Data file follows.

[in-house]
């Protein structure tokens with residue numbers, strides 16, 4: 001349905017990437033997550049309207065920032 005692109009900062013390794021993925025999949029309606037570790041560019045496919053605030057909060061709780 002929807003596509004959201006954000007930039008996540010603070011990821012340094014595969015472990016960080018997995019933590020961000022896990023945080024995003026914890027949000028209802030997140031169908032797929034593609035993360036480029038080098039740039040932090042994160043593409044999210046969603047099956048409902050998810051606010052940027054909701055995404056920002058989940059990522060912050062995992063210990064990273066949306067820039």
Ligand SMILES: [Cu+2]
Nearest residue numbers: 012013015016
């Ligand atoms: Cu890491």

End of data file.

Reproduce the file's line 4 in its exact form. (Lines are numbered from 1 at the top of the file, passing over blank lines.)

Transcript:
Nearest residue numbers: 012013015016